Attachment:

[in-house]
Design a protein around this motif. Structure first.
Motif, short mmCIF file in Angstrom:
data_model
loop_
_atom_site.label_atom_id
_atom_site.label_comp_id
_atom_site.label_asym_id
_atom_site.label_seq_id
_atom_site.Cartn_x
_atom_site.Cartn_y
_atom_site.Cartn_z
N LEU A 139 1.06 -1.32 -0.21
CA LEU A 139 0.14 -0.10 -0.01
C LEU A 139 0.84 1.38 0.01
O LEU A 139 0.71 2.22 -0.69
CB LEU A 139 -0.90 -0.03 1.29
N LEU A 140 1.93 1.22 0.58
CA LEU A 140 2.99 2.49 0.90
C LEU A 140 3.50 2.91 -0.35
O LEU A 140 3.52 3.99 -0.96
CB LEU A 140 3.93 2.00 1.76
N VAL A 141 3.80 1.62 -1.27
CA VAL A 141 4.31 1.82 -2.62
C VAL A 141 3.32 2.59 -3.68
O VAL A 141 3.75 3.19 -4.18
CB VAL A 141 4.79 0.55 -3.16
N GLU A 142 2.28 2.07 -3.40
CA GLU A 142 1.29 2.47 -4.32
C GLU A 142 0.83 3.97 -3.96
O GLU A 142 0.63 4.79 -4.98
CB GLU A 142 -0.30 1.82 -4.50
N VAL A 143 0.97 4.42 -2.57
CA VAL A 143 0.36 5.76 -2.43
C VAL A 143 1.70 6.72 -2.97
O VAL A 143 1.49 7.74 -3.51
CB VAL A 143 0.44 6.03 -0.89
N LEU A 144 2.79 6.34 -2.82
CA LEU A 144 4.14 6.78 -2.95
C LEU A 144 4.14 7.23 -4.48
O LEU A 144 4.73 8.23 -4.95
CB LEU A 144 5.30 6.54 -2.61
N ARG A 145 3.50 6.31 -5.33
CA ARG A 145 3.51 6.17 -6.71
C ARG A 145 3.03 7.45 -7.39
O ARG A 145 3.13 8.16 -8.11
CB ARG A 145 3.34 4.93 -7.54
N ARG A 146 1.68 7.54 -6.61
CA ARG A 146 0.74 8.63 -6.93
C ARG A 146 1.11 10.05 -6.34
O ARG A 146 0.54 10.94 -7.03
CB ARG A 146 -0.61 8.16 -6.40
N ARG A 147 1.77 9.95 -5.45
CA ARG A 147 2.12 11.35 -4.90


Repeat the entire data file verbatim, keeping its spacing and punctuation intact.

[in-house]
Design a protein around this motif. Structure first.
Motif, short mmCIF file in Angstrom:
data_model
loop_
_atom_site.label_atom_id
_atom_site.label_comp_id
_atom_site.label_asym_id
_atom_site.label_seq_id
_atom_site.Cartn_x
_atom_site.Cartn_y
_atom_site.Cartn_z
N LEU A 139 1.06 -1.32 -0.21
CA LEU A 139 0.14 -0.10 -0.01
C LEU A 139 0.84 1.38 0.01
O LEU A 139 0.71 2.22 -0.69
CB LEU A 139 -0.90 -0.03 1.29
N LEU A 140 1.93 1.22 0.58
CA LEU A 140 2.99 2.49 0.90
C LEU A 140 3.50 2.91 -0.35
O LEU A 140 3.52 3.99 -0.96
CB LEU A 140 3.93 2.00 1.76
N VAL A 141 3.80 1.62 -1.27
CA VAL A 141 4.31 1.82 -2.62
C VAL A 141 3.32 2.59 -3.68
O VAL A 141 3.75 3.19 -4.18
CB VAL A 141 4.79 0.55 -3.16
N GLU A 142 2.28 2.07 -3.40
CA GLU A 142 1.29 2.47 -4.32
C GLU A 142 0.83 3.97 -3.96
O GLU A 142 0.63 4.79 -4.98
CB GLU A 142 -0.30 1.82 -4.50
N VAL A 143 0.97 4.42 -2.57
CA VAL A 143 0.36 5.76 -2.43
C VAL A 143 1.70 6.72 -2.97
O VAL A 143 1.49 7.74 -3.51
CB VAL A 143 0.44 6.03 -0.89
N LEU A 144 2.79 6.34 -2.82
CA LEU A 144 4.14 6.78 -2.95
C LEU A 144 4.14 7.23 -4.48
O LEU A 144 4.73 8.23 -4.95
CB LEU A 144 5.30 6.54 -2.61
N ARG A 145 3.50 6.31 -5.33
CA ARG A 145 3.51 6.17 -6.71
C ARG A 145 3.03 7.45 -7.39
O ARG A 145 3.13 8.16 -8.11
CB ARG A 145 3.34 4.93 -7.54
N ARG A 146 1.68 7.54 -6.61
CA ARG A 146 0.74 8.63 -6.93
C ARG A 146 1.11 10.05 -6.34
O ARG A 146 0.54 10.94 -7.03
CB ARG A 146 -0.61 8.16 -6.40
N ARG A 147 1.77 9.95 -5.45
CA ARG A 147 2.12 11.35 -4.90